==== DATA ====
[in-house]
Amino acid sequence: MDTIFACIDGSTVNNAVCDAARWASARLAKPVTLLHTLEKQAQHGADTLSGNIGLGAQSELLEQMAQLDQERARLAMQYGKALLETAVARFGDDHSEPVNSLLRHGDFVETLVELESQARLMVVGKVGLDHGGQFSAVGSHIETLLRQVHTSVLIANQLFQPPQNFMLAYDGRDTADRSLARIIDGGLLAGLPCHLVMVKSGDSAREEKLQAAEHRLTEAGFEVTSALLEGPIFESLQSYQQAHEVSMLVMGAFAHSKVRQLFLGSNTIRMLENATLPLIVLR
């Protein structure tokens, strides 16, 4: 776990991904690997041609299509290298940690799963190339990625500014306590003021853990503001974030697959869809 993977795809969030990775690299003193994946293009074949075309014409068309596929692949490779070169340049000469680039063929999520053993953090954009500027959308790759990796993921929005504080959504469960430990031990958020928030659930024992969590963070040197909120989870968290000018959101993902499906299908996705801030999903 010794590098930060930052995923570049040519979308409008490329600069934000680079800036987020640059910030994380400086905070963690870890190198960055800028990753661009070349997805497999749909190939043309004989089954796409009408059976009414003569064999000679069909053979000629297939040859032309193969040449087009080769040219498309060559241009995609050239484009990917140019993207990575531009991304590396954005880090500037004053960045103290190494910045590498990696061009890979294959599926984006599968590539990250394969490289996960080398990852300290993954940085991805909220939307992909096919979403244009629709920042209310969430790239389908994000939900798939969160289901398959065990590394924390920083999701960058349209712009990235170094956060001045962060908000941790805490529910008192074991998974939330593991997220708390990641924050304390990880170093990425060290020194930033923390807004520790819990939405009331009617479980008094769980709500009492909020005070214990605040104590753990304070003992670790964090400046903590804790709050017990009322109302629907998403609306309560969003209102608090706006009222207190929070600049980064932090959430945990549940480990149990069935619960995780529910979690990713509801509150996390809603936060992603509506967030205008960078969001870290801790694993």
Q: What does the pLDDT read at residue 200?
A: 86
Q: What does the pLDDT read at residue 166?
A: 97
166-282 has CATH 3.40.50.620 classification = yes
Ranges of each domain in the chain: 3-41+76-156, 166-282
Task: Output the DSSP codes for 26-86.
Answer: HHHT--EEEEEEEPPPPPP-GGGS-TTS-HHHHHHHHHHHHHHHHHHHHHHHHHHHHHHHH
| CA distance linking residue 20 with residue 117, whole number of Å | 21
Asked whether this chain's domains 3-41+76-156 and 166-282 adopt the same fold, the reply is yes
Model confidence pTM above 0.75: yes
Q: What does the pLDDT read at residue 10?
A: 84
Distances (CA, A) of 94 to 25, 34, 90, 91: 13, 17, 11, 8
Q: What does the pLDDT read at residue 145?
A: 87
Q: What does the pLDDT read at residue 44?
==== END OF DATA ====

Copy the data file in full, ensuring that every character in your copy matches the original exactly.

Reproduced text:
[in-house]
Amino acid sequence: MDTIFACIDGSTVNNAVCDAARWASARLAKPVTLLHTLEKQAQHGADTLSGNIGLGAQSELLEQMAQLDQERARLAMQYGKALLETAVARFGDDHSEPVNSLLRHGDFVETLVELESQARLMVVGKVGLDHGGQFSAVGSHIETLLRQVHTSVLIANQLFQPPQNFMLAYDGRDTADRSLARIIDGGLLAGLPCHLVMVKSGDSAREEKLQAAEHRLTEAGFEVTSALLEGPIFESLQSYQQAHEVSMLVMGAFAHSKVRQLFLGSNTIRMLENATLPLIVLR
């Protein structure tokens, strides 16, 4: 776990991904690997041609299509290298940690799963190339990625500014306590003021853990503001974030697959869809 993977795809969030990775690299003193994946293009074949075309014409068309596929692949490779070169340049000469680039063929999520053993953090954009500027959308790759990796993921929005504080959504469960430990031990958020928030659930024992969590963070040197909120989870968290000018959101993902499906299908996705801030999903 010794590098930060930052995923570049040519979308409008490329600069934000680079800036987020640059910030994380400086905070963690870890190198960055800028990753661009070349997805497999749909190939043309004989089954796409009408059976009414003569064999000679069909053979000629297939040859032309193969040449087009080769040219498309060559241009995609050239484009990917140019993207990575531009991304590396954005880090500037004053960045103290190494910045590498990696061009890979294959599926984006599968590539990250394969490289996960080398990852300290993954940085991805909220939307992909096919979403244009629709920042209310969430790239389908994000939900798939969160289901398959065990590394924390920083999701960058349209712009990235170094956060001045962060908000941790805490529910008192074991998974939330593991997220708390990641924050304390990880170093990425060290020194930033923390807004520790819990939405009331009617479980008094769980709500009492909020005070214990605040104590753990304070003992670790964090400046903590804790709050017990009322109302629907998403609306309560969003209102608090706006009222207190929070600049980064932090959430945990549940480990149990069935619960995780529910979690990713509801509150996390809603936060992603509506967030205008960078969001870290801790694993």
Q: What does the pLDDT read at residue 200?
A: 86
Q: What does the pLDDT read at residue 166?
A: 97
166-282 has CATH 3.40.50.620 classification = yes
Ranges of each domain in the chain: 3-41+76-156, 166-282
Task: Output the DSSP codes for 26-86.
Answer: HHHT--EEEEEEEPPPPPP-GGGS-TTS-HHHHHHHHHHHHHHHHHHHHHHHHHHHHHHHH
| CA distance linking residue 20 with residue 117, whole number of Å | 21
Asked whether this chain's domains 3-41+76-156 and 166-282 adopt the same fold, the reply is yes
Model confidence pTM above 0.75: yes
Q: What does the pLDDT read at residue 10?
A: 84
Distances (CA, A) of 94 to 25, 34, 90, 91: 13, 17, 11, 8
Q: What does the pLDDT read at residue 145?
A: 87
Q: What does the pLDDT read at residue 44?